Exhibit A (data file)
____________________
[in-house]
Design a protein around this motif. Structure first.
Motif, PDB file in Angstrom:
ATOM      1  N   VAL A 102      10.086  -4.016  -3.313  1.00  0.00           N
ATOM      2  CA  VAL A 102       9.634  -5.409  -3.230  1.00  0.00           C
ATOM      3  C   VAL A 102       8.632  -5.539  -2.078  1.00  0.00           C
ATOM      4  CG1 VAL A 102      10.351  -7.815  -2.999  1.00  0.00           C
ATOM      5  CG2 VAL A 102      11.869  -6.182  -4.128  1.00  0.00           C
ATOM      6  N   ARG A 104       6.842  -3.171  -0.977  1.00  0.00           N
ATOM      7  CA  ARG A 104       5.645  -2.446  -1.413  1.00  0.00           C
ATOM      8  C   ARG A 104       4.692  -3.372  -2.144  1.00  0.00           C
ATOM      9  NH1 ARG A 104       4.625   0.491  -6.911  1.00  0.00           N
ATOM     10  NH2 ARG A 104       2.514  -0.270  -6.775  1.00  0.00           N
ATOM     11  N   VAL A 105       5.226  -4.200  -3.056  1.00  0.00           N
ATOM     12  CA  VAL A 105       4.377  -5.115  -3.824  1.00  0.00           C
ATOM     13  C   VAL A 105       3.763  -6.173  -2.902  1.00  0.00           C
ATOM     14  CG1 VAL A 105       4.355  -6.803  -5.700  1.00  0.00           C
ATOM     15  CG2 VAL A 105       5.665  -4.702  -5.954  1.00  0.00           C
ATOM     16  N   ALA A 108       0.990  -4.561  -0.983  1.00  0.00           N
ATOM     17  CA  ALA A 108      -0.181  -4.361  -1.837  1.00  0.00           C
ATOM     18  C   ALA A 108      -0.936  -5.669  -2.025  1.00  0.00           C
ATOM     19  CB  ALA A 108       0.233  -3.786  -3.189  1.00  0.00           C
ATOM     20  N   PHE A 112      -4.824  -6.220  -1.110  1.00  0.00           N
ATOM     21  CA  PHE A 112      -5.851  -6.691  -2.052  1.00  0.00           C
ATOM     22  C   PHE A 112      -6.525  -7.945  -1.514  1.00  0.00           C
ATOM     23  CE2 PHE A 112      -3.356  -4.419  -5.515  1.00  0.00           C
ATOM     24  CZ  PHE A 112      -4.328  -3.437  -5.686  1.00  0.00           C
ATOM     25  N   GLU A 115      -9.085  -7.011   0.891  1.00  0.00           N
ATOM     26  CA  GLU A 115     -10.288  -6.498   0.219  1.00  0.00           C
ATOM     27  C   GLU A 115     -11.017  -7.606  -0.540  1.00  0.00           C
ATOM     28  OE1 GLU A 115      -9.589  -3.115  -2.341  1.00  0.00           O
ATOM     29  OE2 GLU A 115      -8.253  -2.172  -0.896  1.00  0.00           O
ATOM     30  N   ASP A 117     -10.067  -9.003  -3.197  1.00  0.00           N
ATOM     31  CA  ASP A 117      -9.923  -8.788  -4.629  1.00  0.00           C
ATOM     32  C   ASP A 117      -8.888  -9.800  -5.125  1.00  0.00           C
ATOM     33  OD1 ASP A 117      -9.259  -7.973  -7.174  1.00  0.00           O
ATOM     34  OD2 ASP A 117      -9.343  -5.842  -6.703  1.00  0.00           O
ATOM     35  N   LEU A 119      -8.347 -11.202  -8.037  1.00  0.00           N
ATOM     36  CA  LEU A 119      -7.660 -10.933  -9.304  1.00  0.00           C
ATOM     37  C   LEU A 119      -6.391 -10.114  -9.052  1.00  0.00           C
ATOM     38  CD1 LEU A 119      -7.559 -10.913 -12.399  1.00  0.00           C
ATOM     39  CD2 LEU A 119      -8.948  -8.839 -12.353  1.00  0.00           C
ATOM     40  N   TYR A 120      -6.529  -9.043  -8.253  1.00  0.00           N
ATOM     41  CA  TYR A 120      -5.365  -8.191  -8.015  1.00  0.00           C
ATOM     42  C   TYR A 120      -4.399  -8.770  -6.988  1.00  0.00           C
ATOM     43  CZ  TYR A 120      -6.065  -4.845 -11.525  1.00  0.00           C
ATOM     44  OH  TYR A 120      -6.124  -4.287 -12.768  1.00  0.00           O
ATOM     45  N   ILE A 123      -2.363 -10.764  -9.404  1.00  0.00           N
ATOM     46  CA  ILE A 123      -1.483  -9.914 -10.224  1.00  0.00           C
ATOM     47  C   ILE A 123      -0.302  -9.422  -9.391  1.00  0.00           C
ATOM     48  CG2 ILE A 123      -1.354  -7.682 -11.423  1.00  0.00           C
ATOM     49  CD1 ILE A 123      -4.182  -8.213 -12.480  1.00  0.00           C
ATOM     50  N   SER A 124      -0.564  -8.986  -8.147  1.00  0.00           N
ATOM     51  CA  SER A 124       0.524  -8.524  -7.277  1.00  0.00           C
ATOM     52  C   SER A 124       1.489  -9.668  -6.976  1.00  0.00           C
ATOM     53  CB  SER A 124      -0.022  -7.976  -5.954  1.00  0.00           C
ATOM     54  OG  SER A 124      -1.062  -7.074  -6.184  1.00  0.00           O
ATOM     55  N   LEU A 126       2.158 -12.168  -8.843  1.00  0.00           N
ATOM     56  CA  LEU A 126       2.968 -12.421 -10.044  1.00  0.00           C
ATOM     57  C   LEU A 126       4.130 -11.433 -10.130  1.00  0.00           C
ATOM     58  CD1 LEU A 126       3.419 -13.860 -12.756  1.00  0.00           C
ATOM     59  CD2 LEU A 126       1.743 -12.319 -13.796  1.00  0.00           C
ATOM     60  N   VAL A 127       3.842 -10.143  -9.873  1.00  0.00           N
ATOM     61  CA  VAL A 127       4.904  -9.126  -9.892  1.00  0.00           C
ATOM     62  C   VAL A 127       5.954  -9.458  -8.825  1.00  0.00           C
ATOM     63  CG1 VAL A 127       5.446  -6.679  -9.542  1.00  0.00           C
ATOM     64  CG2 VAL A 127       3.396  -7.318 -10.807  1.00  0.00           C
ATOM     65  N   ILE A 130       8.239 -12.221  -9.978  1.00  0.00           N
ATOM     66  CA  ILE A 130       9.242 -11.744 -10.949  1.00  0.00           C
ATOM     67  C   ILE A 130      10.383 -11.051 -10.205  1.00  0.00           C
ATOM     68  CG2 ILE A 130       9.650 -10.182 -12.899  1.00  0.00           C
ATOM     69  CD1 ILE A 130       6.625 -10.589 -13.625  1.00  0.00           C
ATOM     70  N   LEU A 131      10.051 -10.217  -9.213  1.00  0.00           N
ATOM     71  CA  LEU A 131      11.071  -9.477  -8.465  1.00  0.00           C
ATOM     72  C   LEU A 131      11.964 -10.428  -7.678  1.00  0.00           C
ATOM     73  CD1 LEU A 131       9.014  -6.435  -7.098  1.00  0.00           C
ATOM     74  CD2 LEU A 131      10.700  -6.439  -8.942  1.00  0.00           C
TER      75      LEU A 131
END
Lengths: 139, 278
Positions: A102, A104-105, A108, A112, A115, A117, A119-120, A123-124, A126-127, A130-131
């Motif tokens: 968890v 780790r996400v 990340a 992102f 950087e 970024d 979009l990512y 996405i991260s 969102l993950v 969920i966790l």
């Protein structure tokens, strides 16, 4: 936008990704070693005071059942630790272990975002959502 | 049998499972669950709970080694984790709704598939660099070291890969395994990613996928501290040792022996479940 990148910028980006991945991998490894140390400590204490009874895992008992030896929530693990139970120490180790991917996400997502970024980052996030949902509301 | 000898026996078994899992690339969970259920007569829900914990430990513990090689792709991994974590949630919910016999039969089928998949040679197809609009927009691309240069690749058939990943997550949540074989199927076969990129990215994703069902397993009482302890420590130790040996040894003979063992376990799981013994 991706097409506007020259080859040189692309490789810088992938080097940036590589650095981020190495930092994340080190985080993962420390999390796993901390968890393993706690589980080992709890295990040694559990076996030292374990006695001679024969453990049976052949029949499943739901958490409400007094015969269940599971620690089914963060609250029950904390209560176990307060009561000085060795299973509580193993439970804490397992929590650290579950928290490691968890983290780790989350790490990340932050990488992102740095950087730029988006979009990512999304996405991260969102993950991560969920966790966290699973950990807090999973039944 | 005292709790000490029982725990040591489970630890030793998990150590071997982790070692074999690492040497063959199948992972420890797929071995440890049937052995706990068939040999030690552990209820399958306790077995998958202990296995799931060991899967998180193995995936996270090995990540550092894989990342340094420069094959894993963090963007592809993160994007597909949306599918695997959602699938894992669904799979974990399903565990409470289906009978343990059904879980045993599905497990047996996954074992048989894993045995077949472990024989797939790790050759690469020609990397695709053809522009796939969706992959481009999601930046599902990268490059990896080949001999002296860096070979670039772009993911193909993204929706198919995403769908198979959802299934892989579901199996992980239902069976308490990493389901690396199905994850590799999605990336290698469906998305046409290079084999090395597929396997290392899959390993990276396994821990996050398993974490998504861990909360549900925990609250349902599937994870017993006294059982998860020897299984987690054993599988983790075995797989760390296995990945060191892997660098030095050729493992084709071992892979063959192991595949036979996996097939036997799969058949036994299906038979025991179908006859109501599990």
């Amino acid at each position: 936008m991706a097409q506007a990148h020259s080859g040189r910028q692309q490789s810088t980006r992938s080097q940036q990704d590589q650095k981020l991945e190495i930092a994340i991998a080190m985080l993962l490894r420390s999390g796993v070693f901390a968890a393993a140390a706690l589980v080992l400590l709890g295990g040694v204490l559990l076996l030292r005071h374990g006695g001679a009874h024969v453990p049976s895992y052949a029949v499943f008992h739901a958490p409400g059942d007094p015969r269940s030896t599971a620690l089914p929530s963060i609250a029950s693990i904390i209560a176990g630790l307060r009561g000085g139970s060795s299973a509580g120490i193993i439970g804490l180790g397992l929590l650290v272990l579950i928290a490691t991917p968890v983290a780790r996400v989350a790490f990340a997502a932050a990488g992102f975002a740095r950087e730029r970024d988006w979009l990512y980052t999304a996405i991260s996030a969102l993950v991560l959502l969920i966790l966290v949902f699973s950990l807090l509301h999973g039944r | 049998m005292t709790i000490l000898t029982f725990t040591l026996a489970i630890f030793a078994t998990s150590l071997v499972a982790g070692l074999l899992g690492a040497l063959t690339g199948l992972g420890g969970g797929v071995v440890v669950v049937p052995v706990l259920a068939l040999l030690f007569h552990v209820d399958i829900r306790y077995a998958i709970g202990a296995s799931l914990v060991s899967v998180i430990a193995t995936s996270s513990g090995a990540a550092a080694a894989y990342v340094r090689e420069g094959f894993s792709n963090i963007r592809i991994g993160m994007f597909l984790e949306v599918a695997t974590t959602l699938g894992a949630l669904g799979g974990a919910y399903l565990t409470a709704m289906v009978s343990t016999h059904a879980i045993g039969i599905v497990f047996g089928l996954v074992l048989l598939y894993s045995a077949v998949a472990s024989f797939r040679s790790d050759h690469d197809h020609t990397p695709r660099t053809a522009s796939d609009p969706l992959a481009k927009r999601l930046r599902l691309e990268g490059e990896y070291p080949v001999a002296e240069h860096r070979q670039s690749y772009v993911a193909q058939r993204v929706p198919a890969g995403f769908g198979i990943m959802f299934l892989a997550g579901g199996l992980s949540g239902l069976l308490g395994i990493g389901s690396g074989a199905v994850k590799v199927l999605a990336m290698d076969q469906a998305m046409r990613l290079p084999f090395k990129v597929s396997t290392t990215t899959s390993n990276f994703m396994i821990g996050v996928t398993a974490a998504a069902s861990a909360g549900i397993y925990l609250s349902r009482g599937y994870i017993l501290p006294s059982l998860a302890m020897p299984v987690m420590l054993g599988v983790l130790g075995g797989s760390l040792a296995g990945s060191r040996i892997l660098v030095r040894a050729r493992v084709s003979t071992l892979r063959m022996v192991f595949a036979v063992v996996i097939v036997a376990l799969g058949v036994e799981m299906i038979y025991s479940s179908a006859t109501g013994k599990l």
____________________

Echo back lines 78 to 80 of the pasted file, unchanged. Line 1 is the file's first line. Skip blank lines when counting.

TER      75      LEU A 131
END
Lengths: 139, 278